There are some strange things about this setup – notably there aren’t 2 layers in the decoder, and the latent variable dimension is very small. The reason for only having 1 decoder layer is that there is a dimension mismatch bug that I’m trying to work out (although it works fine for the encoder). The reason for the latter point is that I wanted to make it easy to give sample trajectories through the latent space (which would require a bit more effort in 50-dimensions).

Here is what the training curve looked  like for the 2-dimensional latent variable:


And for the 10-dimensional Z. As expected, the added capacity allows the model to achieve a lower validation error (a loss of about -2.4e+6 vs -2.2e+6):


In order to generate the audio, in 2-dimensions I sampled along a 2-d grid from [-1,1], in steps of 0.5. In 10-dimensions, I did the same thing for the first 2-dimensions of the latent variable, and left the other 8 dimensions at 0. I am trying another experiment where I sample diagonally across all dimensions of the latent space, so we’ll see how that turns out in comparison.

Here is what the generated audio looks like for the 2-dimensional Z:


And here are the samples from the models (the links look the exact same for some reason, but they seem to go to the proper files):

2-dim Z:

10-dim Z:

First note – the quality of the audio seems to be better, with less noise. This must be due to the increased capacity of the encoder, but it is not clear to me exactly how this is contributing to better samples since we are not actually using it in the generation process (maybe during training it allows the model more flexibility in ‘mapping out’ its latent space, or something).

Another thing to note is that there is not a lot of variety from the samples from the 10-dimensional Z. This is probably because I’m sampling from such a small region of the latent space – hopefully sampling diagonally in all dimensions should help this. Things are a bit better in the 2-dimensional case, especially at the end where there is a noticeable difference in the generated audio. I am re-running some experiments where I sample from a larger range in the 10-dimensional space.

Another thing the diagonal sampling should alleviate is the ‘cut-offs’ after each 10 second block. This corresponds to discontinuities in the latent space trajectory – since I’m sampling in a grid (implemented via a nested loop), every time I go back to the initial point along one dimension, there is a ‘jump’. While it’s not particularly obvious in the video, you can see it by looking at the waveform in the 2-dimensional case. Ideally, you want your trajectories to be “contiguous”, so that there isn’t a large gap between neighbouring 2 second samples, but the audio still changes over time.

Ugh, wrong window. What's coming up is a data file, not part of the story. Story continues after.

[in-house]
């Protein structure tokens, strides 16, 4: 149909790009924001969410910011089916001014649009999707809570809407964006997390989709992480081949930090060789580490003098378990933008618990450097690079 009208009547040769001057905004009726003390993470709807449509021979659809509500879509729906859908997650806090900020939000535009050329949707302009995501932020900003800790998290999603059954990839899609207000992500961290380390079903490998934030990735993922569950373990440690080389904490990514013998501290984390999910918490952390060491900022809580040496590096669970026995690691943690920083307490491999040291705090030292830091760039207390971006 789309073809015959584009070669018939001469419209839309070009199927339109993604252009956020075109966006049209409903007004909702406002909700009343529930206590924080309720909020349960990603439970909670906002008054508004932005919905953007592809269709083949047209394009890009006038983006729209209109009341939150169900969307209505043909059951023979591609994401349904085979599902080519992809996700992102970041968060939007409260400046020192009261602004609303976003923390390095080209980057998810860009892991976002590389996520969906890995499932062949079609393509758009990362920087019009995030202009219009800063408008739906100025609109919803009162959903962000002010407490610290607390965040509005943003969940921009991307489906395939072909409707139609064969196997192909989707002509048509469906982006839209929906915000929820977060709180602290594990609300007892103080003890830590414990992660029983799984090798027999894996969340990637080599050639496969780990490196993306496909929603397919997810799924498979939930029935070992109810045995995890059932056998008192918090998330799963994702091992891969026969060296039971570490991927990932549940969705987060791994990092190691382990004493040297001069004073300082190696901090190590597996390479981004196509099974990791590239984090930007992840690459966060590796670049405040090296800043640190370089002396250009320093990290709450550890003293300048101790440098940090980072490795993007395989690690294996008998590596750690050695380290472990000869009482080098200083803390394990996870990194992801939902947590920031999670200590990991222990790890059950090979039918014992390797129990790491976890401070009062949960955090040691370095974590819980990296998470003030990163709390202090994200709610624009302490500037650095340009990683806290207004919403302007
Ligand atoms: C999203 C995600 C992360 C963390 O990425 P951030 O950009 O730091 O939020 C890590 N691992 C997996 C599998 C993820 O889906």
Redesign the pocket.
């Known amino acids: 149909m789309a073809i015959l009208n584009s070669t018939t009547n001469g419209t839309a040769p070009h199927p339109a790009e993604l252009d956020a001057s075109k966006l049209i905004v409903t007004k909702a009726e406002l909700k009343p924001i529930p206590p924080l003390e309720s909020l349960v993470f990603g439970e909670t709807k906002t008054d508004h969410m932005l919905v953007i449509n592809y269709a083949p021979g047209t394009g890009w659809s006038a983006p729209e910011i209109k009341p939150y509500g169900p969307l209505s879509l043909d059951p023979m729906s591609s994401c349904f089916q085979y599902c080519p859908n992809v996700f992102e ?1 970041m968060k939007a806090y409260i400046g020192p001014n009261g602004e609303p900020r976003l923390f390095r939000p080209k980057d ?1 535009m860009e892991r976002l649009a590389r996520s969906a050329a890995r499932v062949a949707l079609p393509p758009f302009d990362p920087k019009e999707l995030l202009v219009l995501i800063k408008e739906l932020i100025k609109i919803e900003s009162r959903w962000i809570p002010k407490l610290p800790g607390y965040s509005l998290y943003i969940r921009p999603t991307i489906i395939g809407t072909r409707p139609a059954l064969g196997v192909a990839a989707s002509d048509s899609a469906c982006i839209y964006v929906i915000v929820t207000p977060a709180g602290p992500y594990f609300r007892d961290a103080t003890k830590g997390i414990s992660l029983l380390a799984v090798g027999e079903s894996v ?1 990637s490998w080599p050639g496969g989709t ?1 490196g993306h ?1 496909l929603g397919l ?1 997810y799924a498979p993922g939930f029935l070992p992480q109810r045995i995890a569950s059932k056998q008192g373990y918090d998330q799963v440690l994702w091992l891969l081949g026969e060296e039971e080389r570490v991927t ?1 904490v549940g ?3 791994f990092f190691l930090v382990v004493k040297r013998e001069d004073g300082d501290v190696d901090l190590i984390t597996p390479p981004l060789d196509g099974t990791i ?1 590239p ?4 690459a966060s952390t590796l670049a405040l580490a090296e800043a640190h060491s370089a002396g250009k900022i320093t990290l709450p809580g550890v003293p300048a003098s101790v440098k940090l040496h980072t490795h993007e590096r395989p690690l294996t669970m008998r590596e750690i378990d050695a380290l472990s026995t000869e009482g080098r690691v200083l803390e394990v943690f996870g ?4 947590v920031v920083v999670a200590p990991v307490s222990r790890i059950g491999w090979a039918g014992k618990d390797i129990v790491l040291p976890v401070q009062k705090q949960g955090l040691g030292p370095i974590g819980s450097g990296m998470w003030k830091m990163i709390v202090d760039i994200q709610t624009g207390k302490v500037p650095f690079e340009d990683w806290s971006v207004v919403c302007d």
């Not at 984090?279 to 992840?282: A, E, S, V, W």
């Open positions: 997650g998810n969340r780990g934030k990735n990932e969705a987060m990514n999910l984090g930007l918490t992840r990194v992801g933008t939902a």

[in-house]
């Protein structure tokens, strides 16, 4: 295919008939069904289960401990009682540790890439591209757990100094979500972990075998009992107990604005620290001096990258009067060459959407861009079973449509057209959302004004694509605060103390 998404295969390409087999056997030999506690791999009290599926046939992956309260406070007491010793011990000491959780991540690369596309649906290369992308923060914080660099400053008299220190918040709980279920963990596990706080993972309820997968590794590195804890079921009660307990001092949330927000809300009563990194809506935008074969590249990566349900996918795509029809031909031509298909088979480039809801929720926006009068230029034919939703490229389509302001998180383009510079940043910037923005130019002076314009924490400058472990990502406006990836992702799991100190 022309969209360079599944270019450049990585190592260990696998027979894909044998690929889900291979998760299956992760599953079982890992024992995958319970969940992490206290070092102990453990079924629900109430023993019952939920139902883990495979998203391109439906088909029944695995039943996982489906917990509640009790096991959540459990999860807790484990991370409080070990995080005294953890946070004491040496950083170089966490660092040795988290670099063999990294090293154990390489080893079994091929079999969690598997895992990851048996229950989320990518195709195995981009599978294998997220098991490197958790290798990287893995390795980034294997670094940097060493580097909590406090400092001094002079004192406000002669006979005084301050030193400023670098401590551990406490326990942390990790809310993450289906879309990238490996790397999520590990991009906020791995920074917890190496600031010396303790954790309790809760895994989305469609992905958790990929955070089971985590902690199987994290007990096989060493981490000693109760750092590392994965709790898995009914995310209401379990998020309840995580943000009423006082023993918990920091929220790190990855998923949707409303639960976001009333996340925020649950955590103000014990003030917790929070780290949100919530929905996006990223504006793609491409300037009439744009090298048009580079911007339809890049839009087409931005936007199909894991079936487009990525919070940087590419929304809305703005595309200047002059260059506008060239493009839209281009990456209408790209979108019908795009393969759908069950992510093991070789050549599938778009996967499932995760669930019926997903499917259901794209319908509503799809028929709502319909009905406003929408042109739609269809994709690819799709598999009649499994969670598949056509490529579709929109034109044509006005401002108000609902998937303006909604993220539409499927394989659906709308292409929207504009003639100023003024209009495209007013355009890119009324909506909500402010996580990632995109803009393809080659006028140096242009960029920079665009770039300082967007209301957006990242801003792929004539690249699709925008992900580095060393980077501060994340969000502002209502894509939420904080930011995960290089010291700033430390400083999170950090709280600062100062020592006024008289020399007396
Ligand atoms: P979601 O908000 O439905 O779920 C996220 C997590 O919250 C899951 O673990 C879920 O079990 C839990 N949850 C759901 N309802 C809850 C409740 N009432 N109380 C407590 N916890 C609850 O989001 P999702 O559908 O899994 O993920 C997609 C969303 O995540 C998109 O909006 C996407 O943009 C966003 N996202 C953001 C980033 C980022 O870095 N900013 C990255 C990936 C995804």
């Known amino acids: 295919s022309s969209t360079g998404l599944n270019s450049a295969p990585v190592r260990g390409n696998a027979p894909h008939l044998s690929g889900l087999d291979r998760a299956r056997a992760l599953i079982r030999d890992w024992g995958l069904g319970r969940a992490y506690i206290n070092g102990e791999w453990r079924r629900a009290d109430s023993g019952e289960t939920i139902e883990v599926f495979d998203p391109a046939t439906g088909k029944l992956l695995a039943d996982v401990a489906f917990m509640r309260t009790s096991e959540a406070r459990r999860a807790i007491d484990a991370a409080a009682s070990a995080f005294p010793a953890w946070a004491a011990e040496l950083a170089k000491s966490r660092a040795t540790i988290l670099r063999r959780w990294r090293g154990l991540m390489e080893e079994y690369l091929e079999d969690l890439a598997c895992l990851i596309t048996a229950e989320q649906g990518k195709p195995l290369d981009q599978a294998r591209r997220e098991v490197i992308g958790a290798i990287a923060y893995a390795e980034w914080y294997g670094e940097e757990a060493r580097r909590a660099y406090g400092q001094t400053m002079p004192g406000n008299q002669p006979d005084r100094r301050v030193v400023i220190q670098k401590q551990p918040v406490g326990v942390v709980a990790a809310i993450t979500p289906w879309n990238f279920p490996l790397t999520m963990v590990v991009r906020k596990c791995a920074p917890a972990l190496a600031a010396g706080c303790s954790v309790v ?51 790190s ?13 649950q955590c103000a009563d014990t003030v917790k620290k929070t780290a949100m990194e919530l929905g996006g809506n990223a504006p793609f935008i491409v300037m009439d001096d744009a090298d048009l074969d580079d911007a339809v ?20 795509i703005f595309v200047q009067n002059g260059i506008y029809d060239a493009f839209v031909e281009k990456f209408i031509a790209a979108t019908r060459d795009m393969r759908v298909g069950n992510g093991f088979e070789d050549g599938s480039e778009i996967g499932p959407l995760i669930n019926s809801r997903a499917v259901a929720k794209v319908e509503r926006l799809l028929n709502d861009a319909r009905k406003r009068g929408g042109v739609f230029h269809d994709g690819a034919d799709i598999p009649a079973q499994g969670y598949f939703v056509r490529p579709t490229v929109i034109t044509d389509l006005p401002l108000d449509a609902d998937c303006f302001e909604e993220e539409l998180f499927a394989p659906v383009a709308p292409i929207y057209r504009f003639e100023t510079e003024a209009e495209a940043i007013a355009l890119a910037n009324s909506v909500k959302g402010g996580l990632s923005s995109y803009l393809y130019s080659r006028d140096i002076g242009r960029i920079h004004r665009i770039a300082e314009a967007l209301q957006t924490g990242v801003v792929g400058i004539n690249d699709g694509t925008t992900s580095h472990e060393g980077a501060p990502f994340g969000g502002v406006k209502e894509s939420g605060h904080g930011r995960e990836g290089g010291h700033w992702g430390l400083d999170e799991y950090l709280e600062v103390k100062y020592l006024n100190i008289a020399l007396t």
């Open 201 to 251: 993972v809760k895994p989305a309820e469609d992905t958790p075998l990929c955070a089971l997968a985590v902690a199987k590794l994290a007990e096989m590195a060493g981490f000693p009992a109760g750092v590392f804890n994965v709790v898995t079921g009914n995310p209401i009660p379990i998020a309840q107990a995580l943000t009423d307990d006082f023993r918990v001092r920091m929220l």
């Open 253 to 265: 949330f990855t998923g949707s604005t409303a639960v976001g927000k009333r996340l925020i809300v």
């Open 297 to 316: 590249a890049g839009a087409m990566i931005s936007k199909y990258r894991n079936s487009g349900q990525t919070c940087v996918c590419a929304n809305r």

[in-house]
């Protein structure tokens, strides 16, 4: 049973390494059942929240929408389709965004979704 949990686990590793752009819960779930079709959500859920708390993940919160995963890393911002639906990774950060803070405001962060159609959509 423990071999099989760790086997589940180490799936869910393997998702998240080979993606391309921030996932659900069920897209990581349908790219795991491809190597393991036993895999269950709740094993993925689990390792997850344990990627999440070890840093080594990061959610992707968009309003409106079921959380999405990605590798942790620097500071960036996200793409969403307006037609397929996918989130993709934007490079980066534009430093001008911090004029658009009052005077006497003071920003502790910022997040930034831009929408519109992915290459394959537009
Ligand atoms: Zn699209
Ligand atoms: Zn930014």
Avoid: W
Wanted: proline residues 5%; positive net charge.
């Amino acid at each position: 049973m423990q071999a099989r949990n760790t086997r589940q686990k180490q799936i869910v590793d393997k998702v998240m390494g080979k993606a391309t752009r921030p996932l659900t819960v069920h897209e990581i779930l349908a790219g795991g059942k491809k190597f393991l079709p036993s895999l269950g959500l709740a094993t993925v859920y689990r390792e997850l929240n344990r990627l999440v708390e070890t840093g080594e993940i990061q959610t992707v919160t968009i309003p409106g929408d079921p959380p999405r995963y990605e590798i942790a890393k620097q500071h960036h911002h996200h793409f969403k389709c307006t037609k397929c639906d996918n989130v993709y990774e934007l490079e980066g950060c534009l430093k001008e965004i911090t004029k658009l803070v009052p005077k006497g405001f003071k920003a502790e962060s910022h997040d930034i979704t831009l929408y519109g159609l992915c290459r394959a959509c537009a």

Unfortunately, I won’t be able to get results from the recurrent models in time for the deadline (since I also have another project due tomorrow), but I think these VAE results are fairly interesting in themselves.

A journey through the latent space

Although I was able to find a way to generate longer sequences using the ‘iterative refinement’ technique in the last blog post, I’m still not completely satisfied because each of the 2 second snippets from the model is very similar (understandably, because it is trying to minimize reconstruction error). So I would like to have a better way to generate longer sequences.

Of course, there is an obvious way that somehow I hadn’t thought of before – by training the VAE, presumably we have already learned some latent representation that is similar to a Gaussian distribution prior in the Z space. So in fact we don’t have to use the inference network at all – we can just sample directly from the latent space! This should lead to samples that are qualitatively different in terms of how they sound. You can sample as many times as you like to obtain as many different samples as you like, and thus form arbitrarily long sequences.